Take Kisumu Medical and Education Trust, which I visited recently. It was ineligible for U.S. funding under the Bush administration because it works on comprehensive reproductive healthcare – from adolescent health to advocating for safe abortion access to caring for women who have had unsafe abortions. Under Obama, they’ve gotten a U.S. government grant to improve the services of 650 healthcare providers when it comes to infectious diseases like malaria and HIV. “But we are not allowed to spend any of this money on anything related to post-abortion care or abortion,” said director of programs Sam Owoko. “You have to separate the room where you’re doing post-abortion care and the room where you’re doing everything else,” and, he said, even have a separate set of tools, no easy task when resources are already so scarce.
Frustrated reproductive health professionals have pointed out that the same commodities USAID won’t fund because they can be used for elective abortion – manual vacuum aspirators, Misoprostol — are the ones recommended for lifesaving post-abortion care or postpartum hemorrhage. Every year, roughly 20,000 women are treated in public hospitals for abortion-related complications – as health professionals are required to under Kenyan law — and that doesn’t count the ones who go to private facilities or who never make it to a hospital.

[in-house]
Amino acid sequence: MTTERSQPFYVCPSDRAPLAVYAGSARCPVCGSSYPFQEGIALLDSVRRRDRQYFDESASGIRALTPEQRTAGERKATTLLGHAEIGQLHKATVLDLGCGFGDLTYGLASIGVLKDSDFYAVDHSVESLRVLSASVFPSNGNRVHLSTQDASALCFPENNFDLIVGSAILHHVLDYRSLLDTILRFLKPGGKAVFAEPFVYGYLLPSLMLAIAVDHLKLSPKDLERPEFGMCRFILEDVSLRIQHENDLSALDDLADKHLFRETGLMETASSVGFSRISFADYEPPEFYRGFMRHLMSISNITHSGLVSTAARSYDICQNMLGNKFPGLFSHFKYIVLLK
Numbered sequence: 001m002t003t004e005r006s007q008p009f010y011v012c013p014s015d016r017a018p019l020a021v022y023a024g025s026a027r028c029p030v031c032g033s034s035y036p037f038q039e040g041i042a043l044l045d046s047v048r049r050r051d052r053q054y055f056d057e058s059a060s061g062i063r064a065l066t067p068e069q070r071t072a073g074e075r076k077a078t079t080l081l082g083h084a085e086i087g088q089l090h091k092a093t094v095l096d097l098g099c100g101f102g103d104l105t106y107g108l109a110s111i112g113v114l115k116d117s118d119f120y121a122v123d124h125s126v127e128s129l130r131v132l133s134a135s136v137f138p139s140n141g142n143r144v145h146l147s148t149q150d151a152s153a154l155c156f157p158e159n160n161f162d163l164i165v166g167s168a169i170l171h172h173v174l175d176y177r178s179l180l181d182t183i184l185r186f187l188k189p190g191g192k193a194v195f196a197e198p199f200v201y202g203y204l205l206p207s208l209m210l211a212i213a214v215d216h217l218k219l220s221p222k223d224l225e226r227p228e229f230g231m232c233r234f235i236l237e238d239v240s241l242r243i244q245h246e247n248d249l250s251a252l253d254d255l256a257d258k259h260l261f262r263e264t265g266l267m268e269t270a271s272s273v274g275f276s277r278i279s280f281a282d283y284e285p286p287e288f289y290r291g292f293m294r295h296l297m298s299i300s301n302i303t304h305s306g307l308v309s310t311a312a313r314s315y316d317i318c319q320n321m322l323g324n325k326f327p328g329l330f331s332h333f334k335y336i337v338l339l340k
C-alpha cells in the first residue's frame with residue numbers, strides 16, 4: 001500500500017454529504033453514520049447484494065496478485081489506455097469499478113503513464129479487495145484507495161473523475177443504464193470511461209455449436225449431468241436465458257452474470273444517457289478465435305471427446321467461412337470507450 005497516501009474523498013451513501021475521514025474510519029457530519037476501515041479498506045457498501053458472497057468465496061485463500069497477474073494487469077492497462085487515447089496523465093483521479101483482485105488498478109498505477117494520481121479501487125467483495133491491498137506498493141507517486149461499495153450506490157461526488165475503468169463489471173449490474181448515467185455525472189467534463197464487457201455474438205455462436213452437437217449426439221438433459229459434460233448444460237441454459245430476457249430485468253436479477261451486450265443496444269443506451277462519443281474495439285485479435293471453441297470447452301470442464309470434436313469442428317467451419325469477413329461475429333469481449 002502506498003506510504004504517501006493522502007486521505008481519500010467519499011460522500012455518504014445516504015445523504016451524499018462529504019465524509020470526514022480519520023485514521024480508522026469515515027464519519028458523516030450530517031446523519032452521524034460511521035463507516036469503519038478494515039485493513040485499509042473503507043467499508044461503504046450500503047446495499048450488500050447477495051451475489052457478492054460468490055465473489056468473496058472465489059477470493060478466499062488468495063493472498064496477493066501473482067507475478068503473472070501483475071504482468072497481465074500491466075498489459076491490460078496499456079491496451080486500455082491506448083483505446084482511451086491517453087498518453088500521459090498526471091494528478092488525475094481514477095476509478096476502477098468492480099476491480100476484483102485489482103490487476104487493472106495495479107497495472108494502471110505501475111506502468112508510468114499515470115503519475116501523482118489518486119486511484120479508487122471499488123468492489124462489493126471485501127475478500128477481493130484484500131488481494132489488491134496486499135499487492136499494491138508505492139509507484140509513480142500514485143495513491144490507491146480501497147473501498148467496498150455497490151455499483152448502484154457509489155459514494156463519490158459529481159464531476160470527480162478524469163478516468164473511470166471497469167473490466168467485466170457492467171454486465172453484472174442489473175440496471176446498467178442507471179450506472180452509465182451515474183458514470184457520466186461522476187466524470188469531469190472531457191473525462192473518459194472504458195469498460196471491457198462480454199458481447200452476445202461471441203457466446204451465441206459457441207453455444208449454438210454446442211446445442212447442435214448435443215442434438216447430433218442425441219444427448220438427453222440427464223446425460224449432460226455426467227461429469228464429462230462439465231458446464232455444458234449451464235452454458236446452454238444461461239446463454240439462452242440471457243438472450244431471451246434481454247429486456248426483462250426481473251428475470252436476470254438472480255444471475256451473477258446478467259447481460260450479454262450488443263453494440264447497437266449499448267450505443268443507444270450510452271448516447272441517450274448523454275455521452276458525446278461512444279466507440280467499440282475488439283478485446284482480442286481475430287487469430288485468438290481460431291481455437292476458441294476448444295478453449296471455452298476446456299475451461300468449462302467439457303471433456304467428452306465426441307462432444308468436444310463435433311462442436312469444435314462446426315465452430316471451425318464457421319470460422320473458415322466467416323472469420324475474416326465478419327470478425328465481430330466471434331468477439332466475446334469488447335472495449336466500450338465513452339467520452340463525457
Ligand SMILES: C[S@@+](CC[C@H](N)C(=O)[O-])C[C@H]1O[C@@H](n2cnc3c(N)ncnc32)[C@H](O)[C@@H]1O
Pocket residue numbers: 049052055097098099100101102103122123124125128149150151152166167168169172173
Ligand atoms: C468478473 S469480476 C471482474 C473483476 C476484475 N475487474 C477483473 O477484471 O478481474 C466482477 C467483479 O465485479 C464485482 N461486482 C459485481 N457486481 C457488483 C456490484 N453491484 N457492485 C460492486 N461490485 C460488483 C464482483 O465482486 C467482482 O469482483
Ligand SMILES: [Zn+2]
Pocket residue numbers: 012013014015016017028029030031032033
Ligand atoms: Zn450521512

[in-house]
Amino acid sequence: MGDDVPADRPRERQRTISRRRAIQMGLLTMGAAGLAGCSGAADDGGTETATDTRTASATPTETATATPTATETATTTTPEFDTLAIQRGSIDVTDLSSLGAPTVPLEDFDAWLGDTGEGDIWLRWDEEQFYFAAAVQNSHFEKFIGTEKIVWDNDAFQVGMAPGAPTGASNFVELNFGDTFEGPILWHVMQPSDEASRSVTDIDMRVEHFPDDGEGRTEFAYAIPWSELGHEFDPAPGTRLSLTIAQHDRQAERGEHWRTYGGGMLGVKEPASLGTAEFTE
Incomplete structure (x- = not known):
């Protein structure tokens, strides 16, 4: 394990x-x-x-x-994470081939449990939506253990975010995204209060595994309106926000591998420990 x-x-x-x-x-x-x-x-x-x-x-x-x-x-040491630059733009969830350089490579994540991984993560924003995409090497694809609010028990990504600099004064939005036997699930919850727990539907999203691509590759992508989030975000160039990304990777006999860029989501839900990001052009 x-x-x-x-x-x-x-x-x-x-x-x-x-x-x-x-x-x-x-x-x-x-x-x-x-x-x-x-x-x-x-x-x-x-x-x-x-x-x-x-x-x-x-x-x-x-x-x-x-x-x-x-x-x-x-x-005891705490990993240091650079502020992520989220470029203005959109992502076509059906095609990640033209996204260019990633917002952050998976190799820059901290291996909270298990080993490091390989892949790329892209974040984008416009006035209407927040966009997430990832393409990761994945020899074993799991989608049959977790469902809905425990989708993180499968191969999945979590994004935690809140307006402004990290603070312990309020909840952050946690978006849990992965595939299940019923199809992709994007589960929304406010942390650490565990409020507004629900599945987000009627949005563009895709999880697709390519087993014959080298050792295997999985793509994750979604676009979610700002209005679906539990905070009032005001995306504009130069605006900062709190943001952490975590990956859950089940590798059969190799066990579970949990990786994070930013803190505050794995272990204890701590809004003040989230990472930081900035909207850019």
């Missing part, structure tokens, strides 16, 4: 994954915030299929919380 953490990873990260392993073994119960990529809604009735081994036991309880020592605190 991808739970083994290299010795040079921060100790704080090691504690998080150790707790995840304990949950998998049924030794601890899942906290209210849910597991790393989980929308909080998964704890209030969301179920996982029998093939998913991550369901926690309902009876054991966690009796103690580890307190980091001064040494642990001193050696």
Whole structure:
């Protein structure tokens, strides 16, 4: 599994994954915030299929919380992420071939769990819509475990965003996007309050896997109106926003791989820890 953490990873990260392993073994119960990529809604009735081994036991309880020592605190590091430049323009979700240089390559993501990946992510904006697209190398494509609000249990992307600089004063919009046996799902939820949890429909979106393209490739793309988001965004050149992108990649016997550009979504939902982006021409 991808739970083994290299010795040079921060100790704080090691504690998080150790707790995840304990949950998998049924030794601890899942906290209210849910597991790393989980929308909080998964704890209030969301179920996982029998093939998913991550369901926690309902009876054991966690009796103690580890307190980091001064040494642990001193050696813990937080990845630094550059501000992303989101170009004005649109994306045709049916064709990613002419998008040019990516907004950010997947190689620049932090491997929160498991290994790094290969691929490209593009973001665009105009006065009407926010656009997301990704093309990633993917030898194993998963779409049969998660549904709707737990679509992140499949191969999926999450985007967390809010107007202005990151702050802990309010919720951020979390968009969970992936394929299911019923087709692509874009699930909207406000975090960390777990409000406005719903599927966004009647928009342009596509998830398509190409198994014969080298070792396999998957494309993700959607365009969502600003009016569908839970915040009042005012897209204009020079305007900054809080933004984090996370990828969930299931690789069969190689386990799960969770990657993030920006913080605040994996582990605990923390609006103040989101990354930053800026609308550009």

Some of those MVAs and pills are, of course, already quietly being used for safer abortion in remote clinics around Kenya, as was quite plain on my visits to health facilities. Some of these providers are simply opportunists, like the high-earning illegal abortion provider in a Nairobi slum visited by two of my colleagues on the trip. (He enforces his own informal restrictions that sound a lot like laws that have been passed or attempted in the U.S.: no married women without permission from their husbands, and no schoolgirls without permission from their parents.)
Others clearly feel as Osur does: “I do not think it is morally right to wait for women to start the abortion at home and wait for them to start bleeding so you can finish the job at the clinic. I don’t see any morality in that.”
Irin Carmon is a staff writer for Salon. Follow her on Twitter at @irincarmon or email her at email@example.com.